MP2RAGE.FlipDegrees=[4 5];% Flip angle of the two readouts in degrees
MP2RAGE.filenameUNI='MP2RAGE_UNI.nii'; % file with UNI
MP2RAGE.filenameINV1='MP2RAGE_INV1.nii'; % file with UNI 
MP2RAGE.filenameINV2='MP2RAGE_INV2.nii'; % file with INV2 

% load the MP2RAGE data - it can be either the SIEMENS one scaled from
% 0 4095 or the standard -0.5 to 0.5
MP2RAGEimg=load_untouch_nii(MP2RAGE.filenameUNI, [], [], [], [], [], []);
MP2RAGEINV1img=load_untouch_nii(MP2RAGE.filenameINV1, [], [], [], [], [], []);
MP2RAGEINV2img=load_untouch_nii(MP2RAGE.filenameINV2, [], [], [], [], [], []);

[T1map , M0map , R1map]=T1M0estimateMP2RAGE(MP2RAGEimg,MP2RAGEINV2img,MP2RAGE,0.96);

% Code used to re-orient the images to make pretty figures, and to assign variables with the axis lengths.


T1_map = imrotate(squeeze(T1map.img(:,130,:)),180);
T1_map(T1map.img>5)=0;
T1_map = T1_map*1000; % Convert to ms

xAxis = [0:size(T1_map,2)-1];
yAxis = [0:size(T1_map,1)-1];

% Raw MRI data at different TI values
S_INV1 = imrotate(squeeze(MP2RAGEINV1img.img(:,130,:)),180);
S_INV2 = imrotate(squeeze(MP2RAGEINV2img.img(:,130,:)),180);
B1map = imrotate(-0.5+1/4095*double(squeeze(MP2RAGEimg.img(:,130,:))),180);
In [ ]:
%get T1_map --from Octave
%get S_INV1 --from Octave
%get S_INV2 --from Octave
%get B1map --from Octave
%get xAxis --from Octave
%get yAxis --from Octave
In [ ]:
init_notebook_mode(connected=True)
# The polling here is to ensure that plotly.js has already been loaded before
# setting display alignment in order to avoid a race condition.

trace1 = go.Heatmap(x = xAxis,
                   y = yAxis,
                   z=S_INV1,
                   colorscale='Greys',
                   showscale = False,
                   visible=False,
                   name = 'Signal')
trace2 = go.Heatmap(x = xAxis,
                   y = yAxis,
                   z=S_INV2,
                   colorscale='Greys',
                   showscale = False,
                   visible=False,
                   name = 'Signal')
trace3 = go.Heatmap(x = xAxis,
                   y = yAxis,
                   z=B1map,
                   zmin=-0.5,
                   zmax=0.5,
                   colorscale='RdBu',
                   showscale = False,
                   visible=True,
                   name = 'S_MP2RAGE')
trace5 = go.Heatmap(x = xAxis,
                   y = yAxis,
                   z=T1_map,
                   zmin=0.0,
                   zmax=5000,
                   colorscale='Portland',
                   xaxis='x2',
                   yaxis='y2',
                   visible=True,
                   name = 'T1 values (ms)')

data=[trace1, trace2, trace3, trace5]


updatemenus = list([
    dict(active=2,
         x = 0.09,
         xanchor = 'left',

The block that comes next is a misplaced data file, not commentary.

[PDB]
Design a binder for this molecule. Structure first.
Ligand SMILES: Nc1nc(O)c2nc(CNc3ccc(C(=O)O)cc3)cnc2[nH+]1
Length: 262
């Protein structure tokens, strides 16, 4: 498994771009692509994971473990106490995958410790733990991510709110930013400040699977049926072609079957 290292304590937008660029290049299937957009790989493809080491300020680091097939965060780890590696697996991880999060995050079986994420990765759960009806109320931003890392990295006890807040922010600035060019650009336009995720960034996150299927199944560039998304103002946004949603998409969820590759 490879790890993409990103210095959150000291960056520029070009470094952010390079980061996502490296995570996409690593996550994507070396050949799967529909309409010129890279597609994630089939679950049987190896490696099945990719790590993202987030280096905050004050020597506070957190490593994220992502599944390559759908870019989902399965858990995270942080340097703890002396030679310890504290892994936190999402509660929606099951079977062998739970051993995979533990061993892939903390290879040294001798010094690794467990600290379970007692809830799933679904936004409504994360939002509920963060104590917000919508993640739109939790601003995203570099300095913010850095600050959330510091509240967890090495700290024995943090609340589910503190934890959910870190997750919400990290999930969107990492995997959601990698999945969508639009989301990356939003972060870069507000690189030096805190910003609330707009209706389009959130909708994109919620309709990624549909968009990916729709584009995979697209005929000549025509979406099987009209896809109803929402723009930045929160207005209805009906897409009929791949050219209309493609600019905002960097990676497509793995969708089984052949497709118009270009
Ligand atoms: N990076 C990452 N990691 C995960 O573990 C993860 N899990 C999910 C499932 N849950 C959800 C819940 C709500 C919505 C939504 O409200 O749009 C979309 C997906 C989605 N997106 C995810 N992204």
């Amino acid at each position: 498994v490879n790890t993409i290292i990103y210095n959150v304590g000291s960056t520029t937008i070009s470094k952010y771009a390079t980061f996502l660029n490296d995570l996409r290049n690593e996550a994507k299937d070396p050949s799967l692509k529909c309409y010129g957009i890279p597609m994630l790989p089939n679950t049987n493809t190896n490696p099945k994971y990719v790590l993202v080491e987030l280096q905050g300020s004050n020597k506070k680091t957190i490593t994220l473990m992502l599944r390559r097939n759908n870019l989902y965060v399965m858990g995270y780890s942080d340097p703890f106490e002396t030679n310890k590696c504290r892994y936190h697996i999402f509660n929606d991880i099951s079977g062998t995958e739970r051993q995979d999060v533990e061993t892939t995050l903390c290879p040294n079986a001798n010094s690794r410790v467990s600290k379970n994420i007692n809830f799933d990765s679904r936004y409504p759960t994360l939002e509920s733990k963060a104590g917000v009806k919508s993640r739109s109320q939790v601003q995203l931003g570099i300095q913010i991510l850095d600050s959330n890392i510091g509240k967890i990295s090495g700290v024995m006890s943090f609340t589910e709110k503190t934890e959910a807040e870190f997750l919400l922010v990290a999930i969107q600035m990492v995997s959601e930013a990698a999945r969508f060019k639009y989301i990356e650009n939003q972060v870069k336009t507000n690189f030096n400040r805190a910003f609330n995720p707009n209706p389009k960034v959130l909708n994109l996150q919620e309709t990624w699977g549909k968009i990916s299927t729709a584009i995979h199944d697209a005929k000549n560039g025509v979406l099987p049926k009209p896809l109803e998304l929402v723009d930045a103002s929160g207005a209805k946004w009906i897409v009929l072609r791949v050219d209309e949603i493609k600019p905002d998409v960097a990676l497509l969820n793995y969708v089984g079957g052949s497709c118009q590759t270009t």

y = -0.15,
         yanchor = 'bottom',
         direction = 'up',
         font=dict(
                family='Times New Roman',
                size=16
            ),
         buttons=list([   
            dict(label = 'S<sub>INV1</sub>',
                 method = 'update',
                 args = [{'visible': [True, False, False, True]},
                         ]),
            dict(label = 'S<sub>INV2</sub>',
                 method = 'update',
                 args = [{'visible': [False, True, False, True]},
                           ]),
            dict(label = 'S<sub>MP2RAGE</sub>',
                 method = 'update',
                 args = [{'visible': [False, False, True, True]},
                           ])
        ])
    )
])

layout = dict(
    width=560,
    height=345,
    margin = dict(
                t=40,
                r=50,
                b=10,
                l=50),
    annotations=[
        dict(
            x=0.055,
            y=1.15,
            showarrow=False,
            text='Input Data',
            font=dict(
                family='Times New Roman',
                size=26
            ),
            xref='paper',
            yref='paper'
        ),
        dict(
            x=0.6,
            y=1.15,
            showarrow=False,
            text='T<sub>1</sub> map',
            font=dict(
                family='Times New Roman',
                size=26
            ),
            xref='paper',
            yref='paper'
        ),
        dict(
            x=1.22,
            y=1.15,
            showarrow=False,
            text='T<sub>1</sub> (ms)',
            font=dict(
                family='Times New Roman',
                size=26
            ),
            xref='paper',
            yref='paper'
        ),
    ],
    xaxis = dict(range = [0,206], autorange = False,
             showgrid = False, zeroline = False, showticklabels = False,
             ticks = '', domain=[0, 0.58]),
    yaxis = dict(range = [0,215], autorange = False,
             showgrid = False, zeroline = False, showticklabels = False,
             ticks = '', domain=[0, 1]),
    xaxis2 = dict(range = [0,206], autorange = False,
             showgrid = False, zeroline = False, showticklabels = False,
             ticks = '', domain=[0.40, 0.98]),
    yaxis2 = dict(range = [0,215], autorange = False,
             showgrid = False, zeroline = False, showticklabels = False,
             ticks = '', domain=[0, 1], anchor='x2'),
    showlegend = False,
    autosize = False,
    updatemenus=updatemenus
)


fig = dict(data=data, layout=layout)

iplot(fig, filename = 'basic-heatmap', config = config)

The MP2RAGE pulse sequence is increasingly being distributed by MRI vendors, thus typically a data fitting package is also available to reconstruct the T1 maps online. Alternatively, several open source packages to create T1 maps from MP2RAGE data are available online (Marques 2017; de Hollander 2017), and for new users these are recommended—as opposed to programming one from scratch—as there are many potential pitfalls (e.g. adjusting the equations to handle partial Fourier or parallel imaging acceleration).